Are Organic Supplements Actually Better?
The farmer's market buzzword is cropping up on pill bottles. But does it matter?
Some time in the past few years, organic became the gold standard for healthy living. If you’re concerned about eating clean, you eat organic. And now, this buzzword has snuck into yet another industry: supplements.
Athletes have always had a complicated relationship with supplements. Certain research suggests that used correctly, dietary boosts can boost, too, your general health and athletic performance. Other studies show that eating your nutrients is the best (and safest) way to make gains. Some headlines even warn of dangerous ingredients packed into our pills.
So are companies like Nova Scotia Organics, Garden of Life, and Orgenetics—which all boast vitamins, minerals, and supplements with that sought-after seal: USDA Organic—the answer? Consider these five points before opting in.
(1) Check for fillers.
One of the most important factors impacting supplements—organic or not—has to do with additives like binding agents and fillers, says Stacy Sims, Ph.D., an exercise physiologist and nutrition scientist. In synthetic supplements (supplements made by chemical synthesis), these fillers tend to be fructose, glucose, or other substances. And they produce a whole slew of side effects: decreased absorption, allergic reactions (hidden lactose can be a filler, for example), and—most importantly—less room for the vitamin or mineral itself.
“Fillers take up space, reducing the concentration of effective ingredients,” says Sims. “And fillers are fillers—regardless of organic or synthetic.” Even some organic supplements have fillers and binding agents, too.
(2) Natural can be better—but it’s not always better.
A vitamin C supplement made with organic acerola berry matter instead of synthetic vitamin C might sound promising, but in reality, that difference could have very little impact on your health. Though the idea of synthetic vitamins has been demonized, your body can handle and metabolize synthetic vitamins just fine, says Thomas Sherman, an associate professor of pharmacology and physiology at Georgetown University Medical Center. “In most cases, synthetic vitamins are cheaper, too.”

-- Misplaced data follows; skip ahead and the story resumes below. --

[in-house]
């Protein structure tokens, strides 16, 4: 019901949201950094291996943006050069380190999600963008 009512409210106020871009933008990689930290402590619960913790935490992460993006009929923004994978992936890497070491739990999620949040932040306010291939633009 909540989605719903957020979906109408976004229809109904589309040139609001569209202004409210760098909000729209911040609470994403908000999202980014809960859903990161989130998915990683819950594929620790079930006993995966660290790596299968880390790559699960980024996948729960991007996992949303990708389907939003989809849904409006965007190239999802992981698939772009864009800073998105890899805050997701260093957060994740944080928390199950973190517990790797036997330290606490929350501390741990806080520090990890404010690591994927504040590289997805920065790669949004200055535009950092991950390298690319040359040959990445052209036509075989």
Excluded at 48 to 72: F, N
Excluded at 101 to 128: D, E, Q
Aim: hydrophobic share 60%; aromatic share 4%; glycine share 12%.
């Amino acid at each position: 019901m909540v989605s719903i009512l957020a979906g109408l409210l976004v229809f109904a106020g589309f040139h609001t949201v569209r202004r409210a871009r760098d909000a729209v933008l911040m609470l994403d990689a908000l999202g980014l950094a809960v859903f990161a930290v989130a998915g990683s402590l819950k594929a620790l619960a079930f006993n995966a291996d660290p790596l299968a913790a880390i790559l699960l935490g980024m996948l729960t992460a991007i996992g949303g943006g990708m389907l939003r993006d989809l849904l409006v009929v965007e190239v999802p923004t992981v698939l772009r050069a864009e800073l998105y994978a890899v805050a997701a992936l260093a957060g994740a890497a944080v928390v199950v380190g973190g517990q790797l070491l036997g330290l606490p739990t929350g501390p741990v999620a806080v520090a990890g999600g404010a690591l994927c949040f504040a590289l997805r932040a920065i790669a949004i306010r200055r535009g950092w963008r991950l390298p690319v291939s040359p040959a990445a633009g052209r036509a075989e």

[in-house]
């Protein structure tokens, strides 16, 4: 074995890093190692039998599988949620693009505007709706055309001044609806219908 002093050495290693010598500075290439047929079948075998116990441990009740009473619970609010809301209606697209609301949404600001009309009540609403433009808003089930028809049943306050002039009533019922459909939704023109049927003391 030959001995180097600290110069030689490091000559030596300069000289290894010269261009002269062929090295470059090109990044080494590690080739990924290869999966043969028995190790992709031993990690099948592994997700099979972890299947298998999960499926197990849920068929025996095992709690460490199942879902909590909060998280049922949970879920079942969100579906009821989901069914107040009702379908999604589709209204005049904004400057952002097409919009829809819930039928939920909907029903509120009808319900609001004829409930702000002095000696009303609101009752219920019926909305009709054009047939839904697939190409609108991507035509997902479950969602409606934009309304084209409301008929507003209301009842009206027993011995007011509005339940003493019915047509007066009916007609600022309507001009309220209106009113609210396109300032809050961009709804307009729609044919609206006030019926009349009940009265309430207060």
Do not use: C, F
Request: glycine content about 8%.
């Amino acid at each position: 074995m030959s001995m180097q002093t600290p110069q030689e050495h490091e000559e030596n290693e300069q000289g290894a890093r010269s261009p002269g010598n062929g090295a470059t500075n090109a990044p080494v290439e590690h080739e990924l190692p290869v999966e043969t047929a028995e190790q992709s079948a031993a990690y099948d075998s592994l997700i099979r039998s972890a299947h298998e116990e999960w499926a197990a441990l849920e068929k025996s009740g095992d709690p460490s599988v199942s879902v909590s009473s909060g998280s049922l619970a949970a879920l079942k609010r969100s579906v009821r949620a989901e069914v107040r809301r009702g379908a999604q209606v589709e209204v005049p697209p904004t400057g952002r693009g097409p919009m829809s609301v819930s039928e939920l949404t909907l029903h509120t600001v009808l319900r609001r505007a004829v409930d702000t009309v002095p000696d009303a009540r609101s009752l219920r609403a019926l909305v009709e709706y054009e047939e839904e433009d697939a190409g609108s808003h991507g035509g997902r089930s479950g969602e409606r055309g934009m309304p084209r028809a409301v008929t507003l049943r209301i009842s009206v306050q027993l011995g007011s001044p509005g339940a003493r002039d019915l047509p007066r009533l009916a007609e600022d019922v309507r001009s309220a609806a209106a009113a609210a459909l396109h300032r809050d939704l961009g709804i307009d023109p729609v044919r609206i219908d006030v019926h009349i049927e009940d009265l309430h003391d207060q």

(3) Look for a stamp of approval.
The Food and Drug Administration (FDA) doesn’t regulate supplements—so a lot of the industry can be marketing, says Sherman. That’s why it’s so important to be an informed customer. Look for pharmaceutical grade supplements—they’re tested and have no binders, fillers, or additives, says Sims. Usually, these supplements have a U.S. Pharmacopeial Convention (USP) label, but you might need to ask, she says. The National Sanitation Foundation (NSF) also certifies that certain supplements’ labels match the ingredients in them. You can find a full list of NSF-certified supplements here. “It’s another stamp of approval,” says Sims.
(4) Organic is a choice, but not the only choice.
No one can fault you for wanting to eat cleaner, but remember: Cleaner doesn’t always equate to healthier, says Sherman. Research on the topic is incredibly divided. Some studies suggest organic is more nutritious—other research shows the opposite. “Ultimately, we buy organic because it’s cleaner, safer for the farmers, and safer for the environment,” says Sherman. And if you want an herb- or plant-based supplement to be from a pesticide- and fertilizer-free plant, that’s fine, says Sherman.
(5) Remember: Food is almost always better.
Vitamins and minerals should, whenever possible, be absorbed from a healthy diet, both experts agree. If you’re deficient in something, see your doc about which supplements may be best for you. (Sherman usually only suggests Folic acid for women of child-bearing age; vitamin D, if you’re sun-phobic; and vitamin B12, especially for vegans.)